My second ever Manics gig, in which I discovered the true nature of Home, and that Moshpits And Me Don’t Mix.
Sunday, the 15th of December 1996 marked exactly two weeks since I’d arrived in London. Although I’d spent the two weeks doing many things I’d dreamed of doing – buying a new Manics single on its day of release, for example! – I felt a creeping sense of disappointment, not in London, but in myself. I had imagined an Amazing New Me would spring forth once I had arrived in the city of my dreams, and of course, it turned out that I’d brought the old me along for the ride. On the 7th I had a little whinge in my diary.
“My real problem just now is not anything I’ve left behind, but what I brought with me. That is, me, in all its pathetic and useless forms. I thought by escaping everyone who knows me, with all their preconceptions and prejudices, I’d be free from all my hang-ups and inadequacies but instead I’ve dragged the whole squirming lot of them over here with me like they were chained to my ankle. What did I do wrong?… I don’t know what’s more frightening, the thought of trying to stay and make a life here with all my uselessness surrounding me, or the prospect of going back to Perth in 3 months, my life’s dream a complete failure.”
In hindsight, this outburst of angst was almost inevitable, for as the old saying goes, “wherever you go, there you are”. But it’s very evident, in my diary, that I was forced out of this pit of moroseness by my three amazing Manics gigs. It makes me wonder what would have happened, had the Manics not toured in December 1996. Would my sense of failure have stuck with me, and led me to trundle back to Perth in March 1997?
Thank god then, for the Manics, and here I was in the middle of my Manics weekend, arriving for the first time at Shepherd’s Bush station. I’d arranged to meet another Manics fan from the email list there at 6pm, but she was elusive. “I soon realised that there were in fact two tube stations of that name and at 6.10 I decided not to wait any more as I wanted to get to the venue as early as possible. So I asked the ticket collector the way to the Empire and after taking a wrong way down a dark spooky alley (no doubt full of chainsaw wielding maniacs and the like) I finally saw the word EMPIRE illuminated in the distance and I knew I had found my way.”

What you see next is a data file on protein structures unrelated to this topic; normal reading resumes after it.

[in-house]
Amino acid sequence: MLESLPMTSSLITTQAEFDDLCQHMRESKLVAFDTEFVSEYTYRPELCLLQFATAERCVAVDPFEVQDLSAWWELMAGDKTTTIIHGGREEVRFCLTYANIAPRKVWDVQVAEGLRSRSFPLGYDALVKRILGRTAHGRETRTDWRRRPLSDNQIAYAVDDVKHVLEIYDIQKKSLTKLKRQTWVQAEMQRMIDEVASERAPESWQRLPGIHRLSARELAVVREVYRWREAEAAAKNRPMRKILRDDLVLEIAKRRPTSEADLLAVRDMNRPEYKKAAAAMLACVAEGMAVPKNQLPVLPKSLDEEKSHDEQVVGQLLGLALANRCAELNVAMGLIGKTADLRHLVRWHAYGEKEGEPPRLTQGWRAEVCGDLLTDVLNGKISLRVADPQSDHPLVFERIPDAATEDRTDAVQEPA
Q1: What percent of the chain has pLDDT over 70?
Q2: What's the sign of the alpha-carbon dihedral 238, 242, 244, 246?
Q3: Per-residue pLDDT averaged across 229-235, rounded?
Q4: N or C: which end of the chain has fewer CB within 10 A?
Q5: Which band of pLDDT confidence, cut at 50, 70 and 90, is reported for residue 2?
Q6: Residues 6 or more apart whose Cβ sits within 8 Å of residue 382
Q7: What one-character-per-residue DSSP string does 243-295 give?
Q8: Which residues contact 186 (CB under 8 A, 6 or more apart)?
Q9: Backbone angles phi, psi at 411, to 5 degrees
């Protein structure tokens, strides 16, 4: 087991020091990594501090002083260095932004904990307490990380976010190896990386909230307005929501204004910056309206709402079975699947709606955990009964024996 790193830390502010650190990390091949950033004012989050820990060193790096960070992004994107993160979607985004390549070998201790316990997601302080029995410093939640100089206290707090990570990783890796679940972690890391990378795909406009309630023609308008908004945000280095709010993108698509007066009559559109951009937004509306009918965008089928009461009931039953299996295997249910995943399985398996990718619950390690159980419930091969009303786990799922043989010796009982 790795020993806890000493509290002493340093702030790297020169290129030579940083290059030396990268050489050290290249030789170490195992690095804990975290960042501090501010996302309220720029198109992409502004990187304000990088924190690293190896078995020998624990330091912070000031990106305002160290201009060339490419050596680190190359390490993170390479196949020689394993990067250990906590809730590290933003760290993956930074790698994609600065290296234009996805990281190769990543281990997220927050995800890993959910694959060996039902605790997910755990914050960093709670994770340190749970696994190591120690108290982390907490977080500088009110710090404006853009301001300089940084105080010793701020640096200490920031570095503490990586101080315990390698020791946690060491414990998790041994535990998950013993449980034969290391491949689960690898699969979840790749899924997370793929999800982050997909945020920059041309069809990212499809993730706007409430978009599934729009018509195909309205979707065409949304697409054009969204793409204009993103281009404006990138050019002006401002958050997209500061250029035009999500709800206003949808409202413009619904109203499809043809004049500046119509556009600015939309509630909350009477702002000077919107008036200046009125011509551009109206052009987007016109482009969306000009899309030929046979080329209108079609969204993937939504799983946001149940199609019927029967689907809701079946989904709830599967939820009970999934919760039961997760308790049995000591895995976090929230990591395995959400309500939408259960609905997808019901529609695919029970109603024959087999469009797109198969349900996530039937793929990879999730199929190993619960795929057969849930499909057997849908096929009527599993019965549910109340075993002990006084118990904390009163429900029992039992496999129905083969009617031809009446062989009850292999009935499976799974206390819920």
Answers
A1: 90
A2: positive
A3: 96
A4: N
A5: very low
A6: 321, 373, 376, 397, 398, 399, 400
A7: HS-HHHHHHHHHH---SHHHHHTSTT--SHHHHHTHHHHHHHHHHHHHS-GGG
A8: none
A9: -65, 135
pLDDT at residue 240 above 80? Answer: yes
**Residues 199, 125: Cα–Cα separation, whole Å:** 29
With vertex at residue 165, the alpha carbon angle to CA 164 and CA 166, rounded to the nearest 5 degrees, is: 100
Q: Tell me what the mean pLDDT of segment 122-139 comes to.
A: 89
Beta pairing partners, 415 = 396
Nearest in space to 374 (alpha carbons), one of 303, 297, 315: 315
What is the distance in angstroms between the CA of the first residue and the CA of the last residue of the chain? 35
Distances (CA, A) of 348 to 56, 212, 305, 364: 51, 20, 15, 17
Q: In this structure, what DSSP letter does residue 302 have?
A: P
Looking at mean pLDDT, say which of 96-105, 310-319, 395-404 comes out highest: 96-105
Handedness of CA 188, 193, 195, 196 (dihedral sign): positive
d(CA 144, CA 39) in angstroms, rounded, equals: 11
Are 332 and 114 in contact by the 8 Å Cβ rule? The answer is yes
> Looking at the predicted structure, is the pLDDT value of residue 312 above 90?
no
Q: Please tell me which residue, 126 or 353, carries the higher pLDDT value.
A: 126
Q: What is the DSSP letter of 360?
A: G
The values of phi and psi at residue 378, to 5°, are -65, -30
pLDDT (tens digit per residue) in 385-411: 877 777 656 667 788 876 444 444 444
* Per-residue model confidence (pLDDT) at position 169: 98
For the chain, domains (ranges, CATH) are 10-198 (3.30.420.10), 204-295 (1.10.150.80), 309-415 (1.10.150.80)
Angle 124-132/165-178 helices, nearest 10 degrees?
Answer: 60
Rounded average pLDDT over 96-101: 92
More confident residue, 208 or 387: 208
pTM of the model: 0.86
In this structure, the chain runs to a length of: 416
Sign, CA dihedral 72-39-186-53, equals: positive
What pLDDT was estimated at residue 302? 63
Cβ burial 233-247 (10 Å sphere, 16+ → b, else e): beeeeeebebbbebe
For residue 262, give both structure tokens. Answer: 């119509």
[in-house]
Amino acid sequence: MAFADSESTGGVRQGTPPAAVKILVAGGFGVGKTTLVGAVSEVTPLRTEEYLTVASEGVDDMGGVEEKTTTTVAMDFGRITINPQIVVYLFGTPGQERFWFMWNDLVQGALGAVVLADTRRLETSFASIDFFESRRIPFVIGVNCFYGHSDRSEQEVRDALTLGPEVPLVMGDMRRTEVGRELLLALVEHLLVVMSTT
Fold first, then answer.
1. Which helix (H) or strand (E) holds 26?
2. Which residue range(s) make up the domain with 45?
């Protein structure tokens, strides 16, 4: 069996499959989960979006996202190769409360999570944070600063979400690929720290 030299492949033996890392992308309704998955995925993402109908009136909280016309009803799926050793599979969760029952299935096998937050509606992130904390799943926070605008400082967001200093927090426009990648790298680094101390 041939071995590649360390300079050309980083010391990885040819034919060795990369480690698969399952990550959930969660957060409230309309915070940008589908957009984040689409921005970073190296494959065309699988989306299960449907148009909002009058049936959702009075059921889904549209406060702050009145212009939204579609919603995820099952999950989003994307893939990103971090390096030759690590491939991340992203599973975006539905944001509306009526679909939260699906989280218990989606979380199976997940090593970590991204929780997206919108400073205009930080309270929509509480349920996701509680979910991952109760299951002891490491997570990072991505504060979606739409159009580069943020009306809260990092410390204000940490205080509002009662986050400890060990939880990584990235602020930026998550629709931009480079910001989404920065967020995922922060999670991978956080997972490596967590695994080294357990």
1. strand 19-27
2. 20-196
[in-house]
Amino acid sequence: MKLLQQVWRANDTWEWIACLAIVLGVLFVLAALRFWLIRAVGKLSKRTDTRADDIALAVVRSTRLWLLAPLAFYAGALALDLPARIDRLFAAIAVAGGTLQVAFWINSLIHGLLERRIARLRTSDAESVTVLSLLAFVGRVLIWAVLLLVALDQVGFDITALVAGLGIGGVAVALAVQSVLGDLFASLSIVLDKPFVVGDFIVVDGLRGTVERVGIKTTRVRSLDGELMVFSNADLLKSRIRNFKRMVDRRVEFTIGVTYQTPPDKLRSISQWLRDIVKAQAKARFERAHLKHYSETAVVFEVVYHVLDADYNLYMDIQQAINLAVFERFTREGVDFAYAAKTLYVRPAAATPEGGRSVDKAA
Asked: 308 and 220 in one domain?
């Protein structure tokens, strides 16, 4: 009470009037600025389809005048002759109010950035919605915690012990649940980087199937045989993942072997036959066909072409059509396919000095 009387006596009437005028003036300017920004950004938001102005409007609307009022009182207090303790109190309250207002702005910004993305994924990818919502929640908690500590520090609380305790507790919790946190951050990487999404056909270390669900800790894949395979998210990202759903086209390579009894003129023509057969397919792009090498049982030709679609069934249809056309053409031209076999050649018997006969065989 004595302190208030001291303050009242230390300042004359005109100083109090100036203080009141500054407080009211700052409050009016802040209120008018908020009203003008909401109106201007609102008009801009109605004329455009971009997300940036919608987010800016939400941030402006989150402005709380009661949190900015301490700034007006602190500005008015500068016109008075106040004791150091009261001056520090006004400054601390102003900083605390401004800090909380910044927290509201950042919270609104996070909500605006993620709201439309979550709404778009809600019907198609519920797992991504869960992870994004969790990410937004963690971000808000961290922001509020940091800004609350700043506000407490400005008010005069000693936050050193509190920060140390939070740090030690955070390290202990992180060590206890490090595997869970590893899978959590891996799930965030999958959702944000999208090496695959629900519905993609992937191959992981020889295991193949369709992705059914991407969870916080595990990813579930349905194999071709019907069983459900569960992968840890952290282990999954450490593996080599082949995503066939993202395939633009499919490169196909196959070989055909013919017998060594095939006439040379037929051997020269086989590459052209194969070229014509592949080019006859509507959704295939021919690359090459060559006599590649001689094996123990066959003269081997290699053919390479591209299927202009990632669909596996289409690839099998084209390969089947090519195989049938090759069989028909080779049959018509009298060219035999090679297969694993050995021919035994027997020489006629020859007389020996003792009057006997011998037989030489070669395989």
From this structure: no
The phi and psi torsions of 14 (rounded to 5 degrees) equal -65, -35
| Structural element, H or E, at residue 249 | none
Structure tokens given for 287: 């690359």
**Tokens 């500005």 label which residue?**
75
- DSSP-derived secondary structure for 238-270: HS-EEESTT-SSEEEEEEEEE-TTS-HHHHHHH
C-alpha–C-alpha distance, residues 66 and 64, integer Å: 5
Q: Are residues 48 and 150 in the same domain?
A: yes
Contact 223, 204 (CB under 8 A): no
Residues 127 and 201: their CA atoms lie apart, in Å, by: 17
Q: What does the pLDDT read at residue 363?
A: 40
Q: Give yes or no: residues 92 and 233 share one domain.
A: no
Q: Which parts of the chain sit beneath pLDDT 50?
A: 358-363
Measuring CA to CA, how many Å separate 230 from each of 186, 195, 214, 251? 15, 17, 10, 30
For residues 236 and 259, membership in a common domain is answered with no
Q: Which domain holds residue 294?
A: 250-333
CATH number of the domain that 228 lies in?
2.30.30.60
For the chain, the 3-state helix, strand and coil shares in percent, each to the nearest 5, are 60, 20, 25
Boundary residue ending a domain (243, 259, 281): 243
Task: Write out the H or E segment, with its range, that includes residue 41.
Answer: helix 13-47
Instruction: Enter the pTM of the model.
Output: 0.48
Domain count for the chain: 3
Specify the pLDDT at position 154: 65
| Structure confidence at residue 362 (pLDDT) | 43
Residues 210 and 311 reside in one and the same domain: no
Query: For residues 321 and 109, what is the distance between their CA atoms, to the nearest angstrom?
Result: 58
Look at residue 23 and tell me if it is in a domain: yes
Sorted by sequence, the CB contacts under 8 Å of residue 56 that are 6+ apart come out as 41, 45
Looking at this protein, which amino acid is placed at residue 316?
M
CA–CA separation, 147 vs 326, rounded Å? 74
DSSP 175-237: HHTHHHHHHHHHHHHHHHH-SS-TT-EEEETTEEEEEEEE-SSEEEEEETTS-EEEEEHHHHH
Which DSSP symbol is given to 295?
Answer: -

When I got in the queue, I was confronted with a vivid illustration of the Old Manics Fan vs the New.
“The people surrounding me were a bit disturbing. In front, a yuppie couple examined a pack of X-files trading cards they’d just bought. Behind, a gang of 30-somethings told crap jokes about the Welsh, laughed inanely, muttered snidely about how enthusiastic everyone was to have turned up early, hummed “Kevin Carter” and when presented a leaflet about a Manics fanzine of the culture, alienation, boredom & despair variety, scoffed at its “sad” nature. I was quite relieved to be informed by a passing security type person that the queue for the downstairs ticket holders was actually on the other side of the building. Yes! Here were the boys in eyeliner and fur coats, the girls in tiaras and erm, eyeliner and fur coats. Nearby a curly haired skinny boy in a tight silver shirt argued passionately that “if James was as tall as Nicky he’d be as skinny as Nicky”. In front of me, a Japanese girl carefully drew a series of stars into a notebook. This was the place indeed.”
Once in the venue I was astounded by its tiny size, having expected something similar to Brixton. “The actual area in front of the stage was so small that even if I’d stood at the back I’d have been closer than I was at Brixton. As it was, I positioned myself as close as I possibly could, knowing that I’d be upstairs the next night so this would be as close as I’d get to the Manics for now.”
The support bands came on and once again I was not very impressed. “The Stereophonics seemed marginally better the second time round, especially in comparison to the truly moronic and hideous Tiger who followed.”
And finally it was the Manics! And I would get to see them up close and personal, in the middle of the mosh pit, a mere few metres away from the stage! Or so I thought. “They blazed in this time with “Enola / Alone”, when I suddenly realised I was about to die. I’d thought I might be able to survive half the show in the mosh pit. I made it out of there in half a song, having actually begun my escape after about half a second.”